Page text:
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Chapter 6

How Can Companies Adapt to Remote Work?

Remote work is becoming the norm, whether we like it or not. See how to transition your teams for success.

 transition to remote work

Remote work is not a new concept, but it is becoming a new normal for organisations around the globe. While almost 30% of employees worked remotely — at least part time — before the COVID-19 spread, Gartner predicts this number will reach over 40% post-pandemic.

This isn’t surprising, as during the pandemic 88% of global workers surveyed said they were working from home, according to a spring report from Global Workplace Analytics.

This trend is likely to continue as more of Gen Z enters the workforce and increases the demand for flexible working

State-wide lockdowns and government recommendations to reduce unnecessary travel, combined with evolving workforce demands, are forcing businesses to transition to remote work – either temporarily or for the long-haul. This chapter contains resources to help transition your team to remote work, while still maintaining a connected and productive workforce.

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How to Transition Your Team to Remote Work

Communicate often and openly

Communication is key to staying connected while working from home. According to a 2019 Gartner survey, over one-quarter of employees feel isolated when they work remotely. Managers and HR leaders can work together to overcome these communication hurdles by:

  • Re-introducing virtual communication platforms into employees’ routines
  • Establishing regular check-ins with employees (daily or weekly) to help prioritise tasks
  • Proactively connecting with employees throughout the workday
  • Being transparent about expectations and progress, and encouraging employees to do the same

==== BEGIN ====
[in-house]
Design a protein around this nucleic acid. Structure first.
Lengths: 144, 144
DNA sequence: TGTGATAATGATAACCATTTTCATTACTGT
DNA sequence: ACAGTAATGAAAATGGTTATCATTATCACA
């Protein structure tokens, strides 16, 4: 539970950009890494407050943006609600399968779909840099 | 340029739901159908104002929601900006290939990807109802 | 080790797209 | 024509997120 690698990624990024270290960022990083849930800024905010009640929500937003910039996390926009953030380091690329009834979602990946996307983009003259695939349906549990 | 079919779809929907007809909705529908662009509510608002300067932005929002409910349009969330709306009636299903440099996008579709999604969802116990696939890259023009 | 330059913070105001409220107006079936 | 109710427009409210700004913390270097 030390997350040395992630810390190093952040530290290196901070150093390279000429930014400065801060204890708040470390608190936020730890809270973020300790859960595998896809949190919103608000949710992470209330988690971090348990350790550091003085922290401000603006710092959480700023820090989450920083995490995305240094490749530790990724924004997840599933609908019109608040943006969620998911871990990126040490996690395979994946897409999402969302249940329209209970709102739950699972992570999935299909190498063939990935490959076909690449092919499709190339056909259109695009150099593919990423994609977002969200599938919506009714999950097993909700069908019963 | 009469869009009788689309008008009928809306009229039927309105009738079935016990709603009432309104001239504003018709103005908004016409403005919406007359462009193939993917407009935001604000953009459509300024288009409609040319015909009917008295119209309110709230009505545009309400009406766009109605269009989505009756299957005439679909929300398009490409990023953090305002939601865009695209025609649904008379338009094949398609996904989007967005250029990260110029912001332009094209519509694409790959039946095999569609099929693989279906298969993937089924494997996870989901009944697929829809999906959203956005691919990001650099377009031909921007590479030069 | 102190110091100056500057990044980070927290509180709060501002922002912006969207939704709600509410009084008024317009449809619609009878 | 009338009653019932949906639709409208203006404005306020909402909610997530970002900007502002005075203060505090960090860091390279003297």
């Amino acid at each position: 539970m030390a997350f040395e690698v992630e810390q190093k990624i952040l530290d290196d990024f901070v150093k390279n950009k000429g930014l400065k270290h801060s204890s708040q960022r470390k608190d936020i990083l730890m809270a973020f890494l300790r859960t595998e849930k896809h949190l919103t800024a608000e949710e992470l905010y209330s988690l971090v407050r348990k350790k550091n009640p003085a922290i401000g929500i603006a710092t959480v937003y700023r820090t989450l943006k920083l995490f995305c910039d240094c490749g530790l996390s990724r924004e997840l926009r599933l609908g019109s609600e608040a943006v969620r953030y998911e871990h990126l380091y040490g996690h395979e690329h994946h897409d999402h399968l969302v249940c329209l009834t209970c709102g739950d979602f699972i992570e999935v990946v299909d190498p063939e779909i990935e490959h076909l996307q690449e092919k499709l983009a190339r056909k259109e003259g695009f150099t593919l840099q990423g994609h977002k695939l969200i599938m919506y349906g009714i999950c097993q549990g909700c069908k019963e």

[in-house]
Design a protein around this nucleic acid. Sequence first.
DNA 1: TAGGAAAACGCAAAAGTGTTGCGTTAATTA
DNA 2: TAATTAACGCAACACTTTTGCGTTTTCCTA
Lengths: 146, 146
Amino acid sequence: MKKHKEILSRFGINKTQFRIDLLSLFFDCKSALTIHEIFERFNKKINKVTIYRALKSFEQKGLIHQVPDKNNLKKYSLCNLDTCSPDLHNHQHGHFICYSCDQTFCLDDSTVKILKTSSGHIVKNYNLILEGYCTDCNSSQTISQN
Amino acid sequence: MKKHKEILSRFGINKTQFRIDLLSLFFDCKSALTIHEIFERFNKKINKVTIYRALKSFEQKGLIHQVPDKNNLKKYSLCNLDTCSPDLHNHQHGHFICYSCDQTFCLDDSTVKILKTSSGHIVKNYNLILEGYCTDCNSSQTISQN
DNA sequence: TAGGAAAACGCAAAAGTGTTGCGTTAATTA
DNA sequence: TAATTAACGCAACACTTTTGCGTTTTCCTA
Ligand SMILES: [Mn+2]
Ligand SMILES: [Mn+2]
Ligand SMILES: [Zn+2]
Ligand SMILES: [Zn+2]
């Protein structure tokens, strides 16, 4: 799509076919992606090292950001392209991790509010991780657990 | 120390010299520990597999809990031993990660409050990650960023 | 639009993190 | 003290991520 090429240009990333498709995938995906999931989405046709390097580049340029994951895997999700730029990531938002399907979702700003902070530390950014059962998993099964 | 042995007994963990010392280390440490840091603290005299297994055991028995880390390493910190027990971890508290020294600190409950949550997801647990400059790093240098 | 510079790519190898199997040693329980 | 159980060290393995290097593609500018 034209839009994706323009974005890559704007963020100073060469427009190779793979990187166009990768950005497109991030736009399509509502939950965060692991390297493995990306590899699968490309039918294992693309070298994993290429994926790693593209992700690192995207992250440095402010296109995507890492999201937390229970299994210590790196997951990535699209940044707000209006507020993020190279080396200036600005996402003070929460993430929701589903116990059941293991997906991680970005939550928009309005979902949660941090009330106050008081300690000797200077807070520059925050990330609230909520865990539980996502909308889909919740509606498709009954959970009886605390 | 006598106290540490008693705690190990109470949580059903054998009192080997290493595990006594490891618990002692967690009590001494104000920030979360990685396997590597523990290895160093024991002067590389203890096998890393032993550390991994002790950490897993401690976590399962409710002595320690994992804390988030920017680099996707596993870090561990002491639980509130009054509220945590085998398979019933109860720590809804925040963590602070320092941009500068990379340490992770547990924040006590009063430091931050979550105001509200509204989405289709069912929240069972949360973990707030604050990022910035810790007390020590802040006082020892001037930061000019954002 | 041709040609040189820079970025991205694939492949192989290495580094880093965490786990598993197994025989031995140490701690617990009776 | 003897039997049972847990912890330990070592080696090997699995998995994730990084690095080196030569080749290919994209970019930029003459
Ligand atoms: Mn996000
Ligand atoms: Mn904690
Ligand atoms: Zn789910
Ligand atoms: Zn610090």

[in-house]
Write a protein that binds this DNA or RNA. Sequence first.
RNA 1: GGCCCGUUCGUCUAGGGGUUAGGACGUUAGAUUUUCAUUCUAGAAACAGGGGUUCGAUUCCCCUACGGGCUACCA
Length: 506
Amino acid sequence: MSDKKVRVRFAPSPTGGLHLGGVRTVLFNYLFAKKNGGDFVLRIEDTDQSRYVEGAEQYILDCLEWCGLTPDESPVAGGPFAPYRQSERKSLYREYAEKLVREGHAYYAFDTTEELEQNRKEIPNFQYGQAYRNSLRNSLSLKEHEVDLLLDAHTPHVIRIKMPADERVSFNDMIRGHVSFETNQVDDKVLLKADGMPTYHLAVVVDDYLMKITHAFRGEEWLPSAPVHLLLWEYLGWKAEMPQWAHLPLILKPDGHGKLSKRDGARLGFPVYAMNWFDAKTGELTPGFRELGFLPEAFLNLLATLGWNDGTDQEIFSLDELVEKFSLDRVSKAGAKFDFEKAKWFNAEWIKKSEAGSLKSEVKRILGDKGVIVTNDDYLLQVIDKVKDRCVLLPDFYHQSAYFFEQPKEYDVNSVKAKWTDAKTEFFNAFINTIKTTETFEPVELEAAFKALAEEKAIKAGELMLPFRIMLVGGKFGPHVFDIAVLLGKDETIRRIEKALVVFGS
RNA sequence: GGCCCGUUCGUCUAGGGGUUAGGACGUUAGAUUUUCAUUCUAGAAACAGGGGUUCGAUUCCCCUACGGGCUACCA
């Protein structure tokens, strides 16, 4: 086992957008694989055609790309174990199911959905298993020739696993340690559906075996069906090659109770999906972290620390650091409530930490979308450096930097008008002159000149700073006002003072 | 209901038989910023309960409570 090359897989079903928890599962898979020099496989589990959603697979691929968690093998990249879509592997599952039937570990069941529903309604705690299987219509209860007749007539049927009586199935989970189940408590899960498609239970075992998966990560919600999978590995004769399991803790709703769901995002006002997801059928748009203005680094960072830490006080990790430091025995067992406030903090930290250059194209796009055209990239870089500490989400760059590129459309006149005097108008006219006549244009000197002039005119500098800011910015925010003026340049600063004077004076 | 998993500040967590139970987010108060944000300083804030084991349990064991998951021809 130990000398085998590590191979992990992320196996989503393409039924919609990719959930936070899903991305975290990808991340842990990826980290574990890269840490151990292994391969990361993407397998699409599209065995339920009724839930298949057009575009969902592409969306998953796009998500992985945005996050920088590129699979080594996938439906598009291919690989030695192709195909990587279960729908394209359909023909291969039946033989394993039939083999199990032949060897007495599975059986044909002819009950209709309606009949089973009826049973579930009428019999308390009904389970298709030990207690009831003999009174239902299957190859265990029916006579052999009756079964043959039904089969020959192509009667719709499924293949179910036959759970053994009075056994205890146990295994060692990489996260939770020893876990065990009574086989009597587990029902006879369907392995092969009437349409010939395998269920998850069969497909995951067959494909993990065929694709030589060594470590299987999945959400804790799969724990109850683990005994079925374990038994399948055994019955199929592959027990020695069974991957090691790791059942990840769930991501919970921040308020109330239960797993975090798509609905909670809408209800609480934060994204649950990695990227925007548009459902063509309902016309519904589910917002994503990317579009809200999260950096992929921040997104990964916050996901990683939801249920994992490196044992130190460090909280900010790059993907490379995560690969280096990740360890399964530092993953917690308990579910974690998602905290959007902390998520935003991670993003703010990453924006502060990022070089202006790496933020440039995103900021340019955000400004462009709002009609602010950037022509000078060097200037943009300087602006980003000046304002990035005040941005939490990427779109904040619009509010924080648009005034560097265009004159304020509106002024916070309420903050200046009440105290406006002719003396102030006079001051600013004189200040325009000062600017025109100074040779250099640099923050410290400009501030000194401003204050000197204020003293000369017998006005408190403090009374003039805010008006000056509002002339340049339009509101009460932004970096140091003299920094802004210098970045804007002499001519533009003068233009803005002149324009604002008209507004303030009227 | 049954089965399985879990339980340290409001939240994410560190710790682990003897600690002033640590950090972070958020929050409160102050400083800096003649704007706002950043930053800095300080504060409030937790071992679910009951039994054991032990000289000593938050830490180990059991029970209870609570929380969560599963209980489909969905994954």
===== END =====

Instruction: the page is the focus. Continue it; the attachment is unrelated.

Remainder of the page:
• Socialising! Host team happy hours or create digital communities to help keep employees connected on a more personal level

how to adapt to flexible working


Trust employees to be productive

There is an inherent level of independence that comes with working from home, and managers who don’t trust their employees will find it difficult to transition to remote work. So, it is important to lead with trust. Trust your employees’ ability to self-direct and create structure. Rather than micro-managing their process, focus on employees’ output. By doing so, you will motivate them to succeed.

Emphasise a positive culture of appreciation

It can be hard to see moments of success in action when employees are not in the office together. As your team adapts to remote work, it is important to maintain a culture of recognition to keep everyone motivated and engaged. Managers can do so by:

  • Proactively asking employees about their 'wins' of the week, or conducting employee surveys to measure success
  • Recognising specific behaviours or examples of what is going right
  • Acknowledging employee achievements with rewards (e.g. spot bonuses) or announcements that receive company-wide visibility
  • Encouraging peer-to-peer recognition through eCards and social recognition
  • Celebrating birthdays, holidays, or special moments with the entire team

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By prioritising employee recognition, trust and communication while working from home, you can maintain a strong company culture, motivate employees to succeed, and encourage productivity and satisfaction throughout the workforce.


Now more than ever, businesses must be agile, creative and flexible as the world transitions to remote work.

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